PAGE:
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Kimball, Minnesota
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June 9, 2011     Tri-County News
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June 9, 2011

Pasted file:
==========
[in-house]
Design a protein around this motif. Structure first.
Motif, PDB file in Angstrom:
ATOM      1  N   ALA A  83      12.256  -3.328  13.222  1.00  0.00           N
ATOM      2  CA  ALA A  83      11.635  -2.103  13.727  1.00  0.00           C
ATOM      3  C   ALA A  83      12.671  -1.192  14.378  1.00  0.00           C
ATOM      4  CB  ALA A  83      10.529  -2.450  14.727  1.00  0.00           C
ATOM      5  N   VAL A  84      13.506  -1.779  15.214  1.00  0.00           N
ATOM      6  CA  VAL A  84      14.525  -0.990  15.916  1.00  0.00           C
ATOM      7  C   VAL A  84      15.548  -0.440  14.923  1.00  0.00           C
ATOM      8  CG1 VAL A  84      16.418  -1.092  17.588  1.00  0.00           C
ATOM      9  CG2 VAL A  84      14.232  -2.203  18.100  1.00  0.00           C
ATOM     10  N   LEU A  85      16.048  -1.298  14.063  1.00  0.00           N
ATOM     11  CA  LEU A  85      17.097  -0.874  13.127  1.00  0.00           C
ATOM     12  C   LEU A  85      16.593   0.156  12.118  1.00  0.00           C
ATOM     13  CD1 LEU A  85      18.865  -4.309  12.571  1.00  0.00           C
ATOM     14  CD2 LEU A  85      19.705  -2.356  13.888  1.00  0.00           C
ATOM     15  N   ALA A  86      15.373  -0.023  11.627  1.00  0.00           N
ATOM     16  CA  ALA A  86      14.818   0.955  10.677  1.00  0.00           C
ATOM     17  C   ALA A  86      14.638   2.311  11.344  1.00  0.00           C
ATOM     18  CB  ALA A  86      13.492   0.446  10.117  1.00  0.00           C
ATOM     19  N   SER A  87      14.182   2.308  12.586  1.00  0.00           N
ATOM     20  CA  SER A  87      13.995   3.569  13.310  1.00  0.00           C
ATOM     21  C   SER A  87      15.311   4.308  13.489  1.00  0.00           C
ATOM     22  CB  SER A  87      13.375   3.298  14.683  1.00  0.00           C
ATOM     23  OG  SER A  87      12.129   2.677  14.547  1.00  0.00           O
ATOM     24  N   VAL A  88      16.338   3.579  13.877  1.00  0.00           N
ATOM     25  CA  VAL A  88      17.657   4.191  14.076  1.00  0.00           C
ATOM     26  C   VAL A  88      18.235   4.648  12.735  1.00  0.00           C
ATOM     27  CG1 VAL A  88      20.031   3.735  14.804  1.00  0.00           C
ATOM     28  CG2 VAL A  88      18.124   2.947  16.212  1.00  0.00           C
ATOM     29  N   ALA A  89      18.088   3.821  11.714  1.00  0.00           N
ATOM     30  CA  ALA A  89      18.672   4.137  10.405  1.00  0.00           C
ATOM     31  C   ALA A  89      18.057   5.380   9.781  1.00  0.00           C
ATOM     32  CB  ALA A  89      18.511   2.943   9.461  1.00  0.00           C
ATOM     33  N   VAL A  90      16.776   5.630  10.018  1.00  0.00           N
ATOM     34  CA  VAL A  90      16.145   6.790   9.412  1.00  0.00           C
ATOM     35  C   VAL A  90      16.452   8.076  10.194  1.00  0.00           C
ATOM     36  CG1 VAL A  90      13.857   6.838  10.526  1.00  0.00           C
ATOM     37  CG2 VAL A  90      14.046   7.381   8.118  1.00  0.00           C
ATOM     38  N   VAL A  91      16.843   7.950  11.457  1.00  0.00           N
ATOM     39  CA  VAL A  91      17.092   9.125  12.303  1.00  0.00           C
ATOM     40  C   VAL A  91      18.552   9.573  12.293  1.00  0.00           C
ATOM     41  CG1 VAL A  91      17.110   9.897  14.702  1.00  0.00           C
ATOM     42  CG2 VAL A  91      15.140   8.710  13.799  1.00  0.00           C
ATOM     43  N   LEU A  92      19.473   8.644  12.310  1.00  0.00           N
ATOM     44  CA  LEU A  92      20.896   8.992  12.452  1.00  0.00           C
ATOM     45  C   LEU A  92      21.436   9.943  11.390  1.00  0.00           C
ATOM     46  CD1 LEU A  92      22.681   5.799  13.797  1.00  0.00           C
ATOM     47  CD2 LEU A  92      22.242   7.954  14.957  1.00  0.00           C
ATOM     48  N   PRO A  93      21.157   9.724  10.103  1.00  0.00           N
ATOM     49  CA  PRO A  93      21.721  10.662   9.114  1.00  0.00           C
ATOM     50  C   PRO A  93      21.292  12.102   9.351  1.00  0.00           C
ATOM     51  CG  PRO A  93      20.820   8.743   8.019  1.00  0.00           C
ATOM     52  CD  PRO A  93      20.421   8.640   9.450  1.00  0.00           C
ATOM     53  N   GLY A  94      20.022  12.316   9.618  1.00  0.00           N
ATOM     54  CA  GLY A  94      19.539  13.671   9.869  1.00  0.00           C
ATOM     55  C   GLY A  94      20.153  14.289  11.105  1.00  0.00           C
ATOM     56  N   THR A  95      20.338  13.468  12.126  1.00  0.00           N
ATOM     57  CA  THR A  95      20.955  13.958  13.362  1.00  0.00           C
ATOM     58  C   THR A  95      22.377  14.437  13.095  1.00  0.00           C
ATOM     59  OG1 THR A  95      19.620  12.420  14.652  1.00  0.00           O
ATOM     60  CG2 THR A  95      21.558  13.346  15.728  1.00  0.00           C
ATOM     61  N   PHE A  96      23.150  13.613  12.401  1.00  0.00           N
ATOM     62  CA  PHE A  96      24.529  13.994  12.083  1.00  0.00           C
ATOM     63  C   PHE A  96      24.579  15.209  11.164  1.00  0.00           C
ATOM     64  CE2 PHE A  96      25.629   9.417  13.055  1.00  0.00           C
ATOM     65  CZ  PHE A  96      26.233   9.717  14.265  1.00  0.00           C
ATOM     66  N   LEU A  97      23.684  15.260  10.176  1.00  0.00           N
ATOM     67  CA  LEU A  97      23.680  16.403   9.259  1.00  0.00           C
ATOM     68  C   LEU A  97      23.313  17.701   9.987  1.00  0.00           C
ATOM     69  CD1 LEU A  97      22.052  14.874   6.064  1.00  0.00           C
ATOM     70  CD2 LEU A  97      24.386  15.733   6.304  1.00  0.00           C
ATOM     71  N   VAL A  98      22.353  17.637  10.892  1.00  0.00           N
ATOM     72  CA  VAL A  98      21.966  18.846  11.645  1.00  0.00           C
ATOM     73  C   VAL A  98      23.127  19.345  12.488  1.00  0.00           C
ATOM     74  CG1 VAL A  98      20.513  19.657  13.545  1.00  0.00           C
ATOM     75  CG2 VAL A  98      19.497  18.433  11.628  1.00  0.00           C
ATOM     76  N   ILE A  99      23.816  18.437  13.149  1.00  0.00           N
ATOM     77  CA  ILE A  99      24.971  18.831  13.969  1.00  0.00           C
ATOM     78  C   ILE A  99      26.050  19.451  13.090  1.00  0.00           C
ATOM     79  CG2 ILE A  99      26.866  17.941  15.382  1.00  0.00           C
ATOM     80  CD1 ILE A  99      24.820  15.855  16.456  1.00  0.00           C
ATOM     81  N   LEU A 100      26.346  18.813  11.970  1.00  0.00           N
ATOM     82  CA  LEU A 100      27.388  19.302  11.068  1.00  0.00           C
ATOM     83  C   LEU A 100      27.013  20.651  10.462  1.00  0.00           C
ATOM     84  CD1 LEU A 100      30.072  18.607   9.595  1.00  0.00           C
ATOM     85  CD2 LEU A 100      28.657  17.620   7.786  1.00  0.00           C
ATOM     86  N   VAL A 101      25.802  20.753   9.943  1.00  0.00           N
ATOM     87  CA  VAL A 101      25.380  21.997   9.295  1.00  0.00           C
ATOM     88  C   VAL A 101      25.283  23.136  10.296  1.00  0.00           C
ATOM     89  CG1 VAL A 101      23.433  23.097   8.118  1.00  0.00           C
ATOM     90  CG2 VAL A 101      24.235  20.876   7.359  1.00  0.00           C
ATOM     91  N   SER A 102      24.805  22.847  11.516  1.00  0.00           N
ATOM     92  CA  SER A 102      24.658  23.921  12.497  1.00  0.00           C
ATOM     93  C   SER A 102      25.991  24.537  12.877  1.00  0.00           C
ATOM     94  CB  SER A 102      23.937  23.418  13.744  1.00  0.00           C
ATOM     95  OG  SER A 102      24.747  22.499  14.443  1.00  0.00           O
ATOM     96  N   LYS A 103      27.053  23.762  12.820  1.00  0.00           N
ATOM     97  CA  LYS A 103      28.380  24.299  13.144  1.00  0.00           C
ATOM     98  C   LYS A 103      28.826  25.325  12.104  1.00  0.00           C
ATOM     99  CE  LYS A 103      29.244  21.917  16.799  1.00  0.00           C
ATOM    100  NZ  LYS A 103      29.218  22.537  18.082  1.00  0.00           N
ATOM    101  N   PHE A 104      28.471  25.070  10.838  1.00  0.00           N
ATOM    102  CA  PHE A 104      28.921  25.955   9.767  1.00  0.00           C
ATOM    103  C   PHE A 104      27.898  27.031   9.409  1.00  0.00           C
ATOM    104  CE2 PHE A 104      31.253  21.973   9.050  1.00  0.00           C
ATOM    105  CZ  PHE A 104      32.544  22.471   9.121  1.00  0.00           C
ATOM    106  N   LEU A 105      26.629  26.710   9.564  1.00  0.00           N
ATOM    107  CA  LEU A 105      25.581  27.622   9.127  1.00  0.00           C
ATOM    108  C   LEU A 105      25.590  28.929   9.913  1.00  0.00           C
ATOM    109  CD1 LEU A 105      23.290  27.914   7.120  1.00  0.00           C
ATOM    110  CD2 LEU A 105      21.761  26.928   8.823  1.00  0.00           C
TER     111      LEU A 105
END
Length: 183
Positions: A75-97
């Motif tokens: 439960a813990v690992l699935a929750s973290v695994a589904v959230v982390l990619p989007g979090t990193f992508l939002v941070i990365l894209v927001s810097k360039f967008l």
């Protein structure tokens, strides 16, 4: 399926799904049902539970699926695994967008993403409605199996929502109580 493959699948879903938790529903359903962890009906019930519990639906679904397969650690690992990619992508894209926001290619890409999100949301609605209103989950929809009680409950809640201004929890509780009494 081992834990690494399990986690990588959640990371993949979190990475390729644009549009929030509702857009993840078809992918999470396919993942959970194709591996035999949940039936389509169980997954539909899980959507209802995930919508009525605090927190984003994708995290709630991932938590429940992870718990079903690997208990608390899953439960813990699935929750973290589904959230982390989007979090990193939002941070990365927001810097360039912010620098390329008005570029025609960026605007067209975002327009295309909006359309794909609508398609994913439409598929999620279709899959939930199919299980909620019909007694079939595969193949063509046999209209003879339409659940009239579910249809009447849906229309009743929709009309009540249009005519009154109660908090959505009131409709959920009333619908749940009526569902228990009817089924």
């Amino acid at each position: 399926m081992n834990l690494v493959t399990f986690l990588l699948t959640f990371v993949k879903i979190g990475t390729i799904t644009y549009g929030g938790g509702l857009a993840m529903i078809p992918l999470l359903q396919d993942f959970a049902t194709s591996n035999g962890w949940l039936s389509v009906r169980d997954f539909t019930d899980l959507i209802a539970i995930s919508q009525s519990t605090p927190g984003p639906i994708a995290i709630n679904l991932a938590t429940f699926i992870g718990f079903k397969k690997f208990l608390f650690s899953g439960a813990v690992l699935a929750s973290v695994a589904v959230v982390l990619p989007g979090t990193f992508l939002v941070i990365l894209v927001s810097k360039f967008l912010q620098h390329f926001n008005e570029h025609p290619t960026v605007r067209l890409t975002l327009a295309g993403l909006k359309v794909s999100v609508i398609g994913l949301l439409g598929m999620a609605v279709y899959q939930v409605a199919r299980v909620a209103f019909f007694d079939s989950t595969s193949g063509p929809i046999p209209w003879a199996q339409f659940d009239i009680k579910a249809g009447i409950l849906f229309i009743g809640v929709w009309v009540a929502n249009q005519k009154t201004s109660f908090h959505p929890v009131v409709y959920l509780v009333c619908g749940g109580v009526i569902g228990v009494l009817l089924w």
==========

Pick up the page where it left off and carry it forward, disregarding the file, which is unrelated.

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Pa00e 6 Myrna Anderson, 67 Myrna Anderson, formerly of Richmond and Kimball, died Fri- day, June 3, 2011, at her Warroad, Minn., home. She was 67. Memorial services will be held at Our Savior's Lutheran Church in Grygla, Minn. at a date to be deter- mined later. Myrna Elaine Anderson was born Dec. 17, 1943, to Albert and Gena Mootz in Grygla. She mar- ried Darrel Anderson July 3, 1965. Myrna and Darrel lived in Brooklyn Park, then moved to Richmond, then to Kimball where they had a hobby farm. In 1984, Myrna and Darrel moved to War- road where they lived until their retirement in 2005. After retire- ment, Myrna and Darrel lived in Warroad in the summer and they spent their winters in Florida. Myrna enjoyed traveling, cook- ing for her family, corresponding with many friends and relatives, and gardening. Myrna was preceded in death by her parents, sister Beverly Leach, and nephew Steven Leach. She is strvived by her husband Darrel; children Darrin (and De), Dana, Danny (and Stephanie), and Malinda Anderson O'Connor; sisters Bernice (and Donald) Len- hart, Mac Clausen; brother Den- nis Mootz; grandchildren Tay- lor, Austin, Micaela, Hunter, Nico- las, Nathan, and Seen; and many nieces and nephews. Kimball Auxiliary meeting June 13 The Frederick A. Metcalf Unit 261 Auxiliary meeting will be held at 7 p.m. Monday, June 13. This will be our last meeting until September. Cindy May Public Relations Chairman Benefit for Jeanette Weis Jeanette (Blondie) Weis was diagnosed with a stage IV glioblas- tome brain tumor on May 13. It is growing between her vocaliza- tion/interpretation region and her motor strip on the left side of her brain. It has affected her speech, writing, walking, and her thought process. We have opened a bene- fit account to help her family cover extensive bills incurred from her very recent life-threatening battle with cancer. Her Caring Bridge site is www. caringbridge.org/visit/jeanetteweis. Please mail financial contri- butions to: Central MN FCU, 201 Minnie Street, Paynesville, MN 56362, Payable to: Jeanette Weis, Account # 91957. United Way baby shower June 21 United iNay of Central Minne- sota is hosting a community-wide baby shower. Donations will be given to New Beginnings, Anna Marie's Alliance and LSS Crisis Nursery. Tuesday, June 21, the longest day of the year and first day of summer, has been chosen for the event. It is from 1 to 7 p.m. in the New Beginnings Parking Lot (for drive-thru drop off). Location is 40 25th Ave. North, St. Cloud MN 56303. The items needed are larger- sized diapers, formula and baby food. The monthly expens e for dia- pers is about $80 for each child. For a mother at New Beginnings that is 20 percent of her monthly income on diapers alone. United Way is asking compa- nies, organizations and individu- als to run baby drives during June and deliver them during the baby shower. For more information, visit www.unitedwayhelps.org, or call Mary at (320) 223-7991. Catholic Charities Senior Dining June is Dairy Month Catholic Charities Senior Din- ing of Kimball is holding a special "June is Dairy Month" on Thurs- day, June 16, at St. Anne's Catholic Church, beginning at 11 a.m. The events of the day include early coffee, home-made butter samples, and door prizes. The following special menu will be served: Cheeseburger on a bun with flied onions, cheesy vegetable chowder with crackers, flesh water- melon, dinner roll, and ice cream. Senior Dining offers a nutritious meal in a warm and caring atmo- sphere with friendship and fun for persons 60 years of age and over. Join usI Call 398-2211 for more information. I ............. Funeral Care  JH,, ,,,,,H, i ,, Burial and Cremation Services View obituaries, guestbooks and videos on-line Kimball (320) 398-5055 Kimball Area Emergency " Food Shelf, t,' " Inc. St. Anne's Church in Kimball i 10 - 10:45 a.m. Tues./Thurs Also open 2nd Monday of the month: 5:30-6:30 p.m. tel. (320) 398-2211 For after-hours emergencies, call one of the area churches. Church Obit. Thursday' June 9' 2011 r Tn'-County News *Kimball, MN ................ jr::  ,,, . , %% Summer reading programs begin June 13 Great River Regional Library which program they would like to completed with five hours of read- (GRRL) will begin its annual Summer Reading Program (SRP) for children and teens ages 0-18 on Monday, June 13, continu- ing through Aug. 13. Registration takes place at all 32 GRRL loca- tions beginning June 13. The goal of the SRP is to encour- age reading and to keep young readers reading during the sum- mer months. Various studies have shown that: Reading over the summer prevents summer loss of reading skills. Summer loss of reading skills is cumulative. Children do not catch up in the fall because the other children are moving ahead with their skills. By the end of sixth-grade, children who lose reading skills over the summer can be two years behind their classmates. Children who enroll in library summer reading programs main- tain or improve their reading skills more than those who do not. Self-selection of reading materials is an important factor in motivating struggling readers and is a key component for most sum- mer library programs. Each GRRL location will offer summer programs aimed at three different age groups, 0 to 3, 3 to 12, and grades 6 to 12. Three-year-olds and 11 to 14-year-olds may choose be in. Children under 3 must do the Read-to-Me program. Partici- pants may be-only in one SRP. Note: Visiting and vacation- ing children who do not live in the GRRL area are welcome to par- ticipate in the SRP. All books and reading materials count for the program, even materials that do not belong to the library. The pro- grams are: "One World, Many Stories - Read to Me" for children from 0-3 The 0-3 program for babies and toddlers prepares children for con- tinued success through the devel- opment of early language skills. It's a program designed to help kids develop the first and essential building blocks to literacy such as letter knowledge and vocab- ulary. Parents receive a Read-to- Me reading record to complete for their children. The completed and signed reading record can be returned to the library for a prize drawing for parents who engage their children in early literacy skills. nOne World, Many Stories" for children ages 3 - Grade 6 The age 3 through sixth-grade program provides children with an incentive to continue reading throughout the summer. Partici- pants receive reading record slips on which they record every hour they read. When a slip has been ing, it may be turned in and the child can begin another. Children are encouraged to complete and turn in as many reading records as they want. Each completed read- ing record may be turned in for a chance to win local incentive drawings and regional grand prize drawings. "You Are Here" for teens in grades 6-12 The teen program asks teens to track their reading in 30-min- ute segments which they mark on coupon sheets they then enter for local and regional incentive drawings. Reading books, maga- zines, graphic novels and newspa- pers counts for this program. Each coupon sheet covers four hours of reading. Participants may turn in multiple completed sheets. Programming Many library events are hap- pening at all GRRL locations to celebrate the program all summer long! Exciting programs are being funded with money from Min- nesota's Arts and Cultural Heri- tage Funds, such as performances by GREAT Theatre, creative craft programs from ArtStart, ventrilo- quism classes, and mosaics work- shops. Check out the Events page at www.griver.org for dates and times and to pre-register for some events, or speak with staff at your local library. Pit orchestra auditions for 'The Sound of Music' Dassel-Cokato Community Theatre is posting a pit orchestra audition call for its summer musi- cal production of "The Sound of Music." Auditions are scheduled for 7-8:30 p.m. "Thursday, June 9, in the Dassel-Cokato High School Band Room. Enter the PAC (Per- forming Arts Center) entrance and follow signs to the Band Room. Rehearsals will begin mid- June. Performance dates are at 7 p.m. July 21, 22, and 30, and July 31, at2 p.m. Orchestra requirements: piano, flute 1 and 2, oboe, clarinet 1 and 2, bassoon, French horn 1, 2 and 3, trumpet 1, 2 and 3, trombone 1 and 2, tuba, percussion, guitar, violin 1 and 2, viola, cello and bass. Audition preparation: Bring an excerpt from a song to play and be prepared to sight read from "The Sound of Music." Please also bring your summer conflict schedule (vacations,.weddings, etc.) Questions: If you have ques- tions, or cannot attend but are interested in a part, please call Production Assistant Deborah Moen at (612) 236-5137 or Col- leen Compton at Dassel-Cokato Community Education at (320) 286-4120. This production is co- sponsored by Dassel-Cokato Com- munity Education and the Dassel- Cokato Arts Association. Pillow cleaning coming to Kimball Legion Carlson's Pillow Cleaning Service Friday, June 17, 7 a.m. to noon A good goose feather pillow, considered the Cadillac of pillows, given proper care, should last any- where between 60 and 100 years, and still be in good usable condi- tion. Here's why most of them don't: Every time a pillow is washed or steam-cleaned, those feathers have lost bnetween 10 and 15 years of their usefulness. Why? A feather depends on the oil in it for its life and soft- ness. Washing or steam-cleaning removes oil from them, shortening their useable life. Now, if you can get the pillow cleaned and covered in a new tick (material) reasonablylgriced, doing so without removing any oil from the feathers, it is-possible to have a pillow that would last you many, many years. This is where Carlson's Pillow Cleaning Service comes in. They have a machine that can do just that, and do it very reasonably. The machine is mounted in a mobile unit and the work is completed on- site while you wait, same-day ser- vice. This machine system will clean, disinfect, and deodorize the feath- ers without removing any of their oil. Your feathers are not mixed with any other customer's feathers, you receive all of your own feathers back, no feathers lost. How the machine works: The feathers are emptied into the machine where they are rambled and fluffed by rotating brushes. The tumbling action has two additional purposes: to remove the chaff and dust to a grate in the bot- tom of the drum and to subject all feathers to the germ-killing ultra- violet rays produced by powerful germicidal bulbs set into the top ot the drum. After a period of four minutes, the feathers are automatically vacuumed from the drum into a deodorizing chamber, processing through into the new feather and down-proof fabric ticking. The result is a cleaner-than-new pillow, in five minutes. -- Care Amenities to meet your needs: 3 meals per day.& snacks Scheduled exercise and activities Church activities, including mass 3 times/mo. Housekeeping/laundry services Medication services with LPN/FIN services available 24 hours per day House of Kimball Assisted Living at its Finest on: Jo' www.dingmannfuneral.com